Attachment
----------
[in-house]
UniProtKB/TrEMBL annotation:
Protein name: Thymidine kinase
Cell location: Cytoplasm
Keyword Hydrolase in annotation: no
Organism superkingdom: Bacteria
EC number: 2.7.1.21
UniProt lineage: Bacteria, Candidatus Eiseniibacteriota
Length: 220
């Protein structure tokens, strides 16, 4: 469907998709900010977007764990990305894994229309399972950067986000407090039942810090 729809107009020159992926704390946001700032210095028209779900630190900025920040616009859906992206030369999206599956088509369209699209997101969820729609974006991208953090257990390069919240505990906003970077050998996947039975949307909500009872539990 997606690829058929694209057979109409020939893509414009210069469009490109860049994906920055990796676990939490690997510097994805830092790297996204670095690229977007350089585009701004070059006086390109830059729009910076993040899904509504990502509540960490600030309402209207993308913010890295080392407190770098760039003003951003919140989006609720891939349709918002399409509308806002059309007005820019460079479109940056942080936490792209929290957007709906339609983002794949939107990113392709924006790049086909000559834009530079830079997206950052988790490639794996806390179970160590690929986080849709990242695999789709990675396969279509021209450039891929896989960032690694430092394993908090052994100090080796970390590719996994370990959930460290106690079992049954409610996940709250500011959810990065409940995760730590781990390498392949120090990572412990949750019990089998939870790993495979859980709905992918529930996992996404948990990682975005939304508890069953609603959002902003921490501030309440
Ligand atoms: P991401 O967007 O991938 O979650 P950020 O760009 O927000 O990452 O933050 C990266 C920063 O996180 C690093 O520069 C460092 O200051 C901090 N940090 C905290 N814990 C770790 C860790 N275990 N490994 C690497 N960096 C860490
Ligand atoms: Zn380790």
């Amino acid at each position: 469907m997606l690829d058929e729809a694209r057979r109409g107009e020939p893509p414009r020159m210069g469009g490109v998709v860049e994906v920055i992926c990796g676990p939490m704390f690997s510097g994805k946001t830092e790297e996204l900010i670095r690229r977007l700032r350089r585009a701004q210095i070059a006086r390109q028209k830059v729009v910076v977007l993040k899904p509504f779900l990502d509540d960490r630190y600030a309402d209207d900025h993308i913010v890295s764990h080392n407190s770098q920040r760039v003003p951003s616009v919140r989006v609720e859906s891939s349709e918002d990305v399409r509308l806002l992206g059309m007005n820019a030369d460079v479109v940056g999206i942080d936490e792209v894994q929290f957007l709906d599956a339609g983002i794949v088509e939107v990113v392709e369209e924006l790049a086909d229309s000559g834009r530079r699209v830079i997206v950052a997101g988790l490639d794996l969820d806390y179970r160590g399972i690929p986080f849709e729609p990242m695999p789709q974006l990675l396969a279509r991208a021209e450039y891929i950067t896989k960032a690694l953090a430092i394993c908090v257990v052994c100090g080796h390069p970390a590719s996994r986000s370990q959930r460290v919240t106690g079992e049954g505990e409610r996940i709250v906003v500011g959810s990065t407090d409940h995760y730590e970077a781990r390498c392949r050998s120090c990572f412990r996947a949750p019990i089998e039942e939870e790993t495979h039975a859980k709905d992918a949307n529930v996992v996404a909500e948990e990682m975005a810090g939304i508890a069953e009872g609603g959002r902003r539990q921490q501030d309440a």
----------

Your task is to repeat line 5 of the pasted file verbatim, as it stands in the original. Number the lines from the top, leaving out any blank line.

Keyword Hydrolase in annotation: no